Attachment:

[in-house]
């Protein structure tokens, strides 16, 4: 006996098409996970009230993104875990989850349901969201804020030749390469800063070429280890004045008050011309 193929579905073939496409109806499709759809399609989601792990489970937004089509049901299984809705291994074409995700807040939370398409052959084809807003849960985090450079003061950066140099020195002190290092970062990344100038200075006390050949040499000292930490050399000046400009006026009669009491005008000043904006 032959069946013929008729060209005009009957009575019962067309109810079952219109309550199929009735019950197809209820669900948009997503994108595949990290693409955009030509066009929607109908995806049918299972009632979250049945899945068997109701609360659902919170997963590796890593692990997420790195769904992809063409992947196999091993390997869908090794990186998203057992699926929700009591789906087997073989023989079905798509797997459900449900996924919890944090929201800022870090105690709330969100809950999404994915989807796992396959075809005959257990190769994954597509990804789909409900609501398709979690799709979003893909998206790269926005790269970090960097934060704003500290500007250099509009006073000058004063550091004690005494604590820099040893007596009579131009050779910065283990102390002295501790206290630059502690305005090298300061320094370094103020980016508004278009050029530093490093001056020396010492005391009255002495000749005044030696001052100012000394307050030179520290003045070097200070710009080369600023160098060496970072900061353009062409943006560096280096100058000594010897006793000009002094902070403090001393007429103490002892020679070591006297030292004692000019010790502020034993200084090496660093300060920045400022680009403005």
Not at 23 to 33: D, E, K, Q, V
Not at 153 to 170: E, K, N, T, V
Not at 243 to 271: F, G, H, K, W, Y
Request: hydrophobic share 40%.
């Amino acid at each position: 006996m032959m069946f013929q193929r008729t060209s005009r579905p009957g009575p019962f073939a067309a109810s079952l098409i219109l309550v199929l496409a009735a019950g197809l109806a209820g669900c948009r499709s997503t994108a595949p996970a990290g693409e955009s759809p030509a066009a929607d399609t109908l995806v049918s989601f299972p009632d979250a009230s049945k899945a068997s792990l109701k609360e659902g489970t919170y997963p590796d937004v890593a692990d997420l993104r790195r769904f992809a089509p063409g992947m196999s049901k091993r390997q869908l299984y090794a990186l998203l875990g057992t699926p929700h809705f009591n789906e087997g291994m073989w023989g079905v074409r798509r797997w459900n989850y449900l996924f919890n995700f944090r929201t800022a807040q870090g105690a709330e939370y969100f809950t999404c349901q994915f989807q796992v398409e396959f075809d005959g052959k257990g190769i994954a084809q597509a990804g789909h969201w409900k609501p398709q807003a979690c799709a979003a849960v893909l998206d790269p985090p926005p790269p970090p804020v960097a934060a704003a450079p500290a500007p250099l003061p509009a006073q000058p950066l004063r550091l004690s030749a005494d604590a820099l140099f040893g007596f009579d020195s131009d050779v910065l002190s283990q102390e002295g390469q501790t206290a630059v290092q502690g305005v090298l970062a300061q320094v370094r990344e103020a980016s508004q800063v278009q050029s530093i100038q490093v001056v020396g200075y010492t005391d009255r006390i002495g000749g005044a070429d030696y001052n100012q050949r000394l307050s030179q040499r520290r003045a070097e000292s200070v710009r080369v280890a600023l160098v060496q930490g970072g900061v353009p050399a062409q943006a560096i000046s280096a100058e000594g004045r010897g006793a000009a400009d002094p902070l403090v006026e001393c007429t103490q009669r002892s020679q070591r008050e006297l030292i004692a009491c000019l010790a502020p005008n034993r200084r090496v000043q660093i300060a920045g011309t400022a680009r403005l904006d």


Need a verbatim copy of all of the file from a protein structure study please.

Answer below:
[in-house]
């Protein structure tokens, strides 16, 4: 006996098409996970009230993104875990989850349901969201804020030749390469800063070429280890004045008050011309 193929579905073939496409109806499709759809399609989601792990489970937004089509049901299984809705291994074409995700807040939370398409052959084809807003849960985090450079003061950066140099020195002190290092970062990344100038200075006390050949040499000292930490050399000046400009006026009669009491005008000043904006 032959069946013929008729060209005009009957009575019962067309109810079952219109309550199929009735019950197809209820669900948009997503994108595949990290693409955009030509066009929607109908995806049918299972009632979250049945899945068997109701609360659902919170997963590796890593692990997420790195769904992809063409992947196999091993390997869908090794990186998203057992699926929700009591789906087997073989023989079905798509797997459900449900996924919890944090929201800022870090105690709330969100809950999404994915989807796992396959075809005959257990190769994954597509990804789909409900609501398709979690799709979003893909998206790269926005790269970090960097934060704003500290500007250099509009006073000058004063550091004690005494604590820099040893007596009579131009050779910065283990102390002295501790206290630059502690305005090298300061320094370094103020980016508004278009050029530093490093001056020396010492005391009255002495000749005044030696001052100012000394307050030179520290003045070097200070710009080369600023160098060496970072900061353009062409943006560096280096100058000594010897006793000009002094902070403090001393007429103490002892020679070591006297030292004692000019010790502020034993200084090496660093300060920045400022680009403005």
Not at 23 to 33: D, E, K, Q, V
Not at 153 to 170: E, K, N, T, V
Not at 243 to 271: F, G, H, K, W, Y
Request: hydrophobic share 40%.
């Amino acid at each position: 006996m032959m069946f013929q193929r008729t060209s005009r579905p009957g009575p019962f073939a067309a109810s079952l098409i219109l309550v199929l496409a009735a019950g197809l109806a209820g669900c948009r499709s997503t994108a595949p996970a990290g693409e955009s759809p030509a066009a929607d399609t109908l995806v049918s989601f299972p009632d979250a009230s049945k899945a068997s792990l109701k609360e659902g489970t919170y997963p590796d937004v890593a692990d997420l993104r790195r769904f992809a089509p063409g992947m196999s049901k091993r390997q869908l299984y090794a990186l998203l875990g057992t699926p929700h809705f009591n789906e087997g291994m073989w023989g079905v074409r798509r797997w459900n989850y449900l996924f919890n995700f944090r929201t800022a807040q870090g105690a709330e939370y969100f809950t999404c349901q994915f989807q796992v398409e396959f075809d005959g052959k257990g190769i994954a084809q597509a990804g789909h969201w409900k609501p398709q807003a979690c799709a979003a849960v893909l998206d790269p985090p926005p790269p970090p804020v960097a934060a704003a450079p500290a500007p250099l003061p509009a006073q000058p950066l004063r550091l004690s030749a005494d604590a820099l140099f040893g007596f009579d020195s131009d050779v910065l002190s283990q102390e002295g390469q501790t206290a630059v290092q502690g305005v090298l970062a300061q320094v370094r990344e103020a980016s508004q800063v278009q050029s530093i100038q490093v001056v020396g200075y010492t005391d009255r006390i002495g000749g005044a070429d030696y001052n100012q050949r000394l307050s030179q040499r520290r003045a070097e000292s200070v710009r080369v280890a600023l160098v060496q930490g970072g900061v353009p050399a062409q943006a560096i000046s280096a100058e000594g004045r010897g006793a000009a400009d002094p902070l403090v006026e001393c007429t103490q009669r002892s020679q070591r008050e006297l030292i004692a009491c000019l010790a502020p005008n034993r200084r090496v000043q660093i300060a920045g011309t400022a680009r403005l904006d």